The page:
4. Now a close scrutiny of the Form of Nomination, that is, Form A which we have reproduced above, will show that in the case of a ward where a seat is reserved for the Scheduled Castes or Scheduled Tribes, the candidate has to state whether or not be belongs to the Scheduled Caste or Scheduled Tribe for which a seat or seats is or are reserved, but in the case of a ward where such a seat is reserved for women, there is no obligation cast on a candidate of giving any additional information. It will be evident from the name and sex of a candidate that the candidate is a woman, but the requirement which the Form A lacks is an indication whether a woman candidate who files a nomination paper in Form A wants to contest the general seat reserved for Scheduled Castes or a seat reserved for Scheduled Castes or a seat reserved for Scheduled Tribes when the constituency is a multi member constituency. Form A is, therefore, patently defective inasmuch as it does not require any candidate to indicate whether his candidature is for the general seat or a seat reserved for women or member of the Scheduled Caste or member of the Scheduled Tribe. In view of this form prescribed for nomination, it is obvious that there was no defect in the nomination paper filed by the petitioner if she did not indicate in the nomination from that she was contesting either a seat reserved for women or the general seat. It has also been ruled by the Division Bench of this Court in Special Civil Appln. No. 127 of 1963, D/- 14-9-1964 (Bom), that failure of a candidate to indicate in this form of nomination, whether the nomination is for a general seat or a seat reserved for women, is not fatal to the acceptance of the nomination paper.
5. Therefore, there is no doubt that the rejection of the nomination paper of Shashikalabai on the sole ground that she had not indicated whether she was contesting for the general seat was unsustainable and was rightly set aside. At the same time, we are unable to affirm the correctness of the order of the appellate authority that the nomination of Shashikalabai, the petitioner, should be taken to be for the general seat on the ground that she was shown to have deposited Rs. 5 under Rule 10. In this respect, perusal of Rule 10(1), Proviso, would indicate that in the case of women candidates the sum ot be deposited is rupee one in a ward where the seat is reserved for women. Thus, whether or not, woman candidate is nominated to fill the general seat or a seat reserved for women in that ward, the nomination fee as the rule stands, in the case of a women candidate is only rupee one. Thus, even the amount deposited could not determine whether or not, the candidature was for the general seat or the seat reserved for women in this case.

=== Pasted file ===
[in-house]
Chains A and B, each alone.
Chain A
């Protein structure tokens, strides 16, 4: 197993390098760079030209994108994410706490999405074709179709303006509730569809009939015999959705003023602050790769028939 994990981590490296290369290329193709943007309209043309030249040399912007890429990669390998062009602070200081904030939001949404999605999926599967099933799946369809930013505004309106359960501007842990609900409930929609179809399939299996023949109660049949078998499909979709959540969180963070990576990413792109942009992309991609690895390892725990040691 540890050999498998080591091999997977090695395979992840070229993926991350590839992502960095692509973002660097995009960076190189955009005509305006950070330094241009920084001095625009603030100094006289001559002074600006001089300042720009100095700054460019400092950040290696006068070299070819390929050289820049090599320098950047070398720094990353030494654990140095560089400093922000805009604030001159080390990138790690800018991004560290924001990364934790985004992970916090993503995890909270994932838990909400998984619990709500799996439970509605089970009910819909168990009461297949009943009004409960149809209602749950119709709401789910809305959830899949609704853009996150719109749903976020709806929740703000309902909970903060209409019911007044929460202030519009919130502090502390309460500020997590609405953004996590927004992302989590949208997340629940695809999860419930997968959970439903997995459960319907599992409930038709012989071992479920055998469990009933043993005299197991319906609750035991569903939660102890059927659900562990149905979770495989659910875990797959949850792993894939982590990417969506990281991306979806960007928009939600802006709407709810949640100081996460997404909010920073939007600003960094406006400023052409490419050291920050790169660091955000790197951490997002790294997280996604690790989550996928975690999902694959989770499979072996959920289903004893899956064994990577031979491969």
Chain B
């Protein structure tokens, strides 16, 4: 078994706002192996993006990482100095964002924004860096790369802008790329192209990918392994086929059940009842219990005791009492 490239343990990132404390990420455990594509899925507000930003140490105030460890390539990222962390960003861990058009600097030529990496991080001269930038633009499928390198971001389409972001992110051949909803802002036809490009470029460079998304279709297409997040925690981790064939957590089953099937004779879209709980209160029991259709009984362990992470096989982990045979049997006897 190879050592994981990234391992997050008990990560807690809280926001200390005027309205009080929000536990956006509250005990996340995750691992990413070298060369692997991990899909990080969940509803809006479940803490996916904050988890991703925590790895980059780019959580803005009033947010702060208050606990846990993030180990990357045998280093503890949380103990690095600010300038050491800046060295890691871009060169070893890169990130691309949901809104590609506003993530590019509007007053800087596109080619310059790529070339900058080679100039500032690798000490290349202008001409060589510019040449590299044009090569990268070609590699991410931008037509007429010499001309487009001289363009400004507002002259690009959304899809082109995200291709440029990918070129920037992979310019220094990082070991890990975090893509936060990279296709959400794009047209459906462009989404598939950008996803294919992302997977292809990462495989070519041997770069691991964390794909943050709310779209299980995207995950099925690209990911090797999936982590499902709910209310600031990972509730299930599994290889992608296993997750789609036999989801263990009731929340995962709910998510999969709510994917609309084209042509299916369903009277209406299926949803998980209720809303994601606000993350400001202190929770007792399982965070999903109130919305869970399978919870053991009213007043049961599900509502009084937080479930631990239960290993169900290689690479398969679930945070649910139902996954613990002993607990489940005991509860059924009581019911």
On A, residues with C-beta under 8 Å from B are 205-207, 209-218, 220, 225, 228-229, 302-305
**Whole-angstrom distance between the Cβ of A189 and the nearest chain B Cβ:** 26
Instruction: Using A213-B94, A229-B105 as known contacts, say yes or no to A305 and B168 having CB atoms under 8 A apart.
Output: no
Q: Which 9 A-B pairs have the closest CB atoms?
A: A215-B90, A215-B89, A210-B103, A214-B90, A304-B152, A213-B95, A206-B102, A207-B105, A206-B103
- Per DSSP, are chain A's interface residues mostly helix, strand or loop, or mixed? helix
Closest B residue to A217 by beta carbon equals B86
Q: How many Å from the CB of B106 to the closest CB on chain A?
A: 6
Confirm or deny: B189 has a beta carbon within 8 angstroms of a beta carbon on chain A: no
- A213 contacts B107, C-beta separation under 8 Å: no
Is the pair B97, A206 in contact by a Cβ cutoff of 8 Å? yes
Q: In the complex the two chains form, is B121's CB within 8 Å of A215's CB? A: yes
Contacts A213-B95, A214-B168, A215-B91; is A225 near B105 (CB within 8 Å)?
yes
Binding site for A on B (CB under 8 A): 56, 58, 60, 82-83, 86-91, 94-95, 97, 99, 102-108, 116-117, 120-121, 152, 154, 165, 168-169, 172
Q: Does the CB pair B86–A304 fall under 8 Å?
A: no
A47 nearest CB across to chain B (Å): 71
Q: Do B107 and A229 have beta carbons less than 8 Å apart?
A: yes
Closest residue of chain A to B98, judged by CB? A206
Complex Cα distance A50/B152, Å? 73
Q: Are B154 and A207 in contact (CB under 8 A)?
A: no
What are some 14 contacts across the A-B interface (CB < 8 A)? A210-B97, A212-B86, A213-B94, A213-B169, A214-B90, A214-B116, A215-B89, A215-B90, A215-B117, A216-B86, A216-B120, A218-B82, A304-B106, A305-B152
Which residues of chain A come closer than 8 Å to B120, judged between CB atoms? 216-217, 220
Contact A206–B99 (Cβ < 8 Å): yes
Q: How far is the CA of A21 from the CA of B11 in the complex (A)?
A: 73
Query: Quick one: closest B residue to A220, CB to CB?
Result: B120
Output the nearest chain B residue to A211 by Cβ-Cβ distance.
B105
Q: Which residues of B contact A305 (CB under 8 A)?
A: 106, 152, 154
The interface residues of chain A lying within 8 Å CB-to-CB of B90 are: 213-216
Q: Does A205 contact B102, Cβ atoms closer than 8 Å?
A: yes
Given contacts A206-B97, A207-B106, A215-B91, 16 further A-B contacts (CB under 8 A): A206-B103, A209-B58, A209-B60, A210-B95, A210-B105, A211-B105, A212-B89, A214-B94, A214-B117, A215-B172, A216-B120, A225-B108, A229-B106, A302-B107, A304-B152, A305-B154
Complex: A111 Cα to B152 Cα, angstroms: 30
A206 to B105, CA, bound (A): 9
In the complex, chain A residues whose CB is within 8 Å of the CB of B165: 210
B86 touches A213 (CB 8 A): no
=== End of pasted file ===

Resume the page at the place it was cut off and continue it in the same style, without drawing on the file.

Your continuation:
6. We are clear that there is a substantial defect in the rules and in the Form inasmuch as the Form does not require indication of choice in multi-member constituency where the candidate is a woman or a member of the Schedule Caste or member of the Schedule Tribe, requiring the candidate to state clearly whether such candidate is contesting the general seat or the seat reserved for women or member of the Scheduled Caste or member of the Scheduled Tribes. This effect has to be immediately corrected by proper amendment to the rules and the form.
7. The difficulties created by the rules do not stop there. After the poll is taken, the question to be decided is declaration of the result of the election. Instructions in rule 34 would seem to lead to anomalous results and in some cases result in defeating the intention of the Legislature where seats are reserved for member of the Scheduled Castes or Scheduled Tribes or a woman. Rule 34 is as follows:-
'34. Returning Officer to declare result of election.-(1) On completion of the statement showing the number of votes recorded, the Returning Officer shall, from amongst the candidates qualified to be chosen to fill a reserved seat, if any, declare, subject to the provisions of Rule 5, the candidate who has secured the largest number of votes to be elected to fill such reserved seat:
Provided that if in the same ward there is a reservation of seats for women and for the Scheduled Castes and/or Scheduled Tribes, the result of the seat or seats reserved for Scheduled Castes/or Scheduled Tribes shall be declared first and then the result of the seat or seats reserved for women. (2) The Returning Officer shall then declare from among all other candidates, excluding those who have been declared elected to fill the reserved seats, if any, the candidate or candidates who have secured the largest number of votes to be elected to fill the unreserved seats.